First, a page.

Brussels, 18 April 2008
As the southern shores of Europe warm up, the risk of forest fires increases. The European Commission and Member States are working closely together to prepare for the coming forest fire season, building on the lessons learnt from the tragic experiences of 2007. Five Member States and the European Commission's disaster Monitoring and Information Centre (MIC) are involved in a large-scale simulation exercise in Sardinia that runs from 16 to 19 April. The exercise, SARDINIA 2008, forms part of a larger pilot project co-financed by the European Commission, which aims at developing the notion of a rapid European intervention force for disasters.
"When they work together, European countries can deliver a more effective response than they can by working alone, so this is an area where the EU brings clear added value," said Stavros Dimas, European Commissioner for Environment and Civil Protection. "This project is an excellent example of the constructive relationship between Member States and the European Commission."
Planning for tomorrow's emergencies
Sardinia ARsons DIrect NIxing Action (SARDINIA 2008), as the exercise is called, kicked off on 14 April with training sessions for fire-fighting team leaders from Italy, France, Greece, Portugal and Spain, the five countries who sent aerial and ground fire-fighting resources to the exercise. This practical exercise takes place over three days in Olbia, Sardinia, where emergency response teams will tackle simulated fires. The MIC will be active in supporting coordination efforts both in the field and at headquarters. The exercise will end on 19 April with an aerial display. Observers from inside and outside the EU will be present.
The exercise is being held within the framework of the "FIRE 5" project, previously known as "FIRE 4", but upgraded with the official entry of Greece in 2008. It is one of a number of pilot projects for which Community funding was made available in 2006 to test ways of improving the provision of assistance across borders. The project is an example of how the resources of Member States could be used to respond to common emergencies. France, Italy (the organisers of this exercise), Portugal, Spain and Greece are participating fully in the project. Cyprus, Hungary, Czech Republic, Malta and Slovenia are associate members. The project was also put into operation last year, when assistance was channelled to Greece during the unusually fierce forest fire season. The European Commission is co-financing 80% of the costs of the project.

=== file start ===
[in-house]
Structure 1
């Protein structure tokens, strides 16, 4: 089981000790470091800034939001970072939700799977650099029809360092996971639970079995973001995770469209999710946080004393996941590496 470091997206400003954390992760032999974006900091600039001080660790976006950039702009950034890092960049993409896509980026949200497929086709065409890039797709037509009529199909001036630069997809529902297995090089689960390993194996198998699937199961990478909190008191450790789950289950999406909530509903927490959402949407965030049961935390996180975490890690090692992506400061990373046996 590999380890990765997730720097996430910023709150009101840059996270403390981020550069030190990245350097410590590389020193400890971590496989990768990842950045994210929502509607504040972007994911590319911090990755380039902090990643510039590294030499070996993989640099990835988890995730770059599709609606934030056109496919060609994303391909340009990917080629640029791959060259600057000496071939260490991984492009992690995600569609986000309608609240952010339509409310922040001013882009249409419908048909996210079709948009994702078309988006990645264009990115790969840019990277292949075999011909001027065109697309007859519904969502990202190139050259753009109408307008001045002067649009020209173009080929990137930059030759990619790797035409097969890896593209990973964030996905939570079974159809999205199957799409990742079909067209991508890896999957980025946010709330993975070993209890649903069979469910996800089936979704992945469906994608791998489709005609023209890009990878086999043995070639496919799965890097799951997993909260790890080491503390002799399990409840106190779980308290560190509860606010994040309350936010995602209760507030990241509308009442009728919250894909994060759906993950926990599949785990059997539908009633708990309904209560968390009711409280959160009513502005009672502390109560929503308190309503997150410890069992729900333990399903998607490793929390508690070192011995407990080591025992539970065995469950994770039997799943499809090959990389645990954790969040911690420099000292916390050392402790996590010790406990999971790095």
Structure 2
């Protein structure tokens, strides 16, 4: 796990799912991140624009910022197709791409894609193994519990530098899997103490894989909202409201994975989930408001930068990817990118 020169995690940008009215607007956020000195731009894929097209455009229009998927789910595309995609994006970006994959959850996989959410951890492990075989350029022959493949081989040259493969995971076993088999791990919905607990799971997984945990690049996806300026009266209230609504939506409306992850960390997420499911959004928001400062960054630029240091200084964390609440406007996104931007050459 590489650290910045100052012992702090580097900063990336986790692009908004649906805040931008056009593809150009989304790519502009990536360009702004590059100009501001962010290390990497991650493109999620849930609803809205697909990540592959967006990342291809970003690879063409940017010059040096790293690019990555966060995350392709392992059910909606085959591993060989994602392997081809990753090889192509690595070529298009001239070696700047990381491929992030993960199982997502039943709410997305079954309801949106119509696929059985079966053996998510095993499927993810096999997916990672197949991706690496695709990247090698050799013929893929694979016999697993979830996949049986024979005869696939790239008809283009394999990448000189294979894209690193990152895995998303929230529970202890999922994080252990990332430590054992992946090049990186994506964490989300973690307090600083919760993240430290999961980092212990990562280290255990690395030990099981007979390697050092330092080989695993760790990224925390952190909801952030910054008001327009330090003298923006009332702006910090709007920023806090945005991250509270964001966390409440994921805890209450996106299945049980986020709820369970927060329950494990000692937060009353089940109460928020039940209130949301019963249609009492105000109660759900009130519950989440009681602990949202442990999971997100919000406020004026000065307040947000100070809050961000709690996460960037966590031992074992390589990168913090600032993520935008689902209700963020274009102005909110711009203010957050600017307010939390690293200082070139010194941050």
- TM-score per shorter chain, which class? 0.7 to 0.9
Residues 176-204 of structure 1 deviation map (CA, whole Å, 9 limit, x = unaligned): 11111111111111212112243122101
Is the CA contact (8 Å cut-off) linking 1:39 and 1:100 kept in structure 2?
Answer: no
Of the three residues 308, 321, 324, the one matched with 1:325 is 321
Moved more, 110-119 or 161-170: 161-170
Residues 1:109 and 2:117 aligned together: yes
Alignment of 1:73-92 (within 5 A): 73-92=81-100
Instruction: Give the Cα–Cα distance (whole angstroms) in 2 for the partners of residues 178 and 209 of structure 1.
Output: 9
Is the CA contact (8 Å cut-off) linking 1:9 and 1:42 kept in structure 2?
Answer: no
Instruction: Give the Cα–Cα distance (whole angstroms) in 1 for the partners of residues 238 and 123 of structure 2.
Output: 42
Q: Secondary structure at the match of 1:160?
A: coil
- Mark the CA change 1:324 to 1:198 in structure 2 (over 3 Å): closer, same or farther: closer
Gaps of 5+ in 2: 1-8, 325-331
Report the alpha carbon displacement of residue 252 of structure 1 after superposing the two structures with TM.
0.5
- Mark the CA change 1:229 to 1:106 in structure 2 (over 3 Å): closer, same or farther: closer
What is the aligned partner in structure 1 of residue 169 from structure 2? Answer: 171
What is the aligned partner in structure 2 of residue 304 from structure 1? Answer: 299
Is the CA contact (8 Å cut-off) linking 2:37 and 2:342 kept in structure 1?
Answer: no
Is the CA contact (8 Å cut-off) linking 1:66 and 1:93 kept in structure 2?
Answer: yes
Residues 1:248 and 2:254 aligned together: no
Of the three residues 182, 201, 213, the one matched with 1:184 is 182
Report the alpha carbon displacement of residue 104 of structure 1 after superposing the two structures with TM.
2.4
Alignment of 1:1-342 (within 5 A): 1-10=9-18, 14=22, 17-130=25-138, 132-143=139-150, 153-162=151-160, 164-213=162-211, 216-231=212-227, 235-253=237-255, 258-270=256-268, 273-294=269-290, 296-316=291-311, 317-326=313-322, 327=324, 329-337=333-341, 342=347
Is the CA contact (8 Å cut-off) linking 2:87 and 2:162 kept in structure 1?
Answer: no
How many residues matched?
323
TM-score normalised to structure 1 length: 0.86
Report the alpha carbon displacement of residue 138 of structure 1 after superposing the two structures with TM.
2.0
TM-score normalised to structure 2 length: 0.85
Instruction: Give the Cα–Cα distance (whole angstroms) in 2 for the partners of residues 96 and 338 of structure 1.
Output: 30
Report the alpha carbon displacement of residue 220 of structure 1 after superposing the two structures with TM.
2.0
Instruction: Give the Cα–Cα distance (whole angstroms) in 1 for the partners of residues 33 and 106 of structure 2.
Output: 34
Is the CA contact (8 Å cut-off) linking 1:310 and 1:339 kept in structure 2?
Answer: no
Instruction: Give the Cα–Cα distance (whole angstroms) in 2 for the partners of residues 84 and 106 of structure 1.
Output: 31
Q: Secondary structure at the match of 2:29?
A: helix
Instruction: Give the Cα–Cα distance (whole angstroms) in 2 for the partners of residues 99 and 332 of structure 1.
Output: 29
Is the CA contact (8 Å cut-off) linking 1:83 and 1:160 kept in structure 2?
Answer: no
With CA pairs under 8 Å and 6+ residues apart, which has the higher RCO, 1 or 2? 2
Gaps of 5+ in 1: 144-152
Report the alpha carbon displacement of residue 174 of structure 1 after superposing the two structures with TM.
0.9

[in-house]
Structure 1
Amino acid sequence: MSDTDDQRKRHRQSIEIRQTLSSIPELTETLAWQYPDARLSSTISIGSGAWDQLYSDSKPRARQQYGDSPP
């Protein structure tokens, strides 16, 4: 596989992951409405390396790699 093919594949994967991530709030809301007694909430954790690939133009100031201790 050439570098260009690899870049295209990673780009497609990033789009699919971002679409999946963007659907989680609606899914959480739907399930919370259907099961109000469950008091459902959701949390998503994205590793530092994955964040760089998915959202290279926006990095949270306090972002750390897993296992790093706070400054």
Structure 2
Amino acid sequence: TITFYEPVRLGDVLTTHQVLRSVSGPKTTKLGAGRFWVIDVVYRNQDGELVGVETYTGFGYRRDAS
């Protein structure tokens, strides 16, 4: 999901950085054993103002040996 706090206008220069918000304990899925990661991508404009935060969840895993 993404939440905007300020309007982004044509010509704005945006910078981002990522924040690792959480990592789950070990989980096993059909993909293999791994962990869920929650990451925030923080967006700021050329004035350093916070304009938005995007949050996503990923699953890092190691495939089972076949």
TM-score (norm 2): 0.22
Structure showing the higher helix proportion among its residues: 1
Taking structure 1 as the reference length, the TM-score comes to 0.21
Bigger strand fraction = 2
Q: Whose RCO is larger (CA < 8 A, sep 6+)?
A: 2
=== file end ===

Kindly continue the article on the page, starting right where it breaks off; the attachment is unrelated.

This project is one of several exercises to be undertaken in the EU this year, with a view to shaping the EU civil protection of tomorrow, as was outlined in the Commission Communication on reinforcing the Union's disaster response capacity.
The Community Civil Protection Mechanism
The Community Mechanism is intended to improve cooperation on civil protection assistance operations. It coordinates assistance, provides prompt support and assists any country inside or outside the European Union that needs help. The main objective is to provide the best possible response and preparedness when a major emergency occurs. These activities are coordinated by the Commission through its Monitoring and Information Centre (MIC), located in DG Environment's Civil Protection Unit.
Thirty states participate in the Community Mechanism, and the resulting pool of resources can be made available to disaster-stricken countries all over the world.
Since the Mechanism became operational in 2002, it has been activated for a number of disasters around the world. These have included the 2004 tsunami in South East Asia, the 2005 forest fires in Portugal, flooding in Bulgaria and Romania, Hurricane Katrina in the US, the earthquake in Pakistan in 2005 and the Lebanon crisis in 2006. In 2007 the Mechanism was activated for floods in Bolivia, as well as for forest fires in Italy, Greece, Cyprus, Albania and the former Republic of Macedonia. More recently the Mechanism was activated for oil spills in Ukraine and South Korea, an earthquake in Kyrgyzstan and floods in Bolivia and Ecuador.
For more information see:
 Council Decision of 8 November (2007/779/EC, Euratom) (OJ L314, 01.12.2007, p.9)
 EU 27, Iceland, Liechtenstein, Norway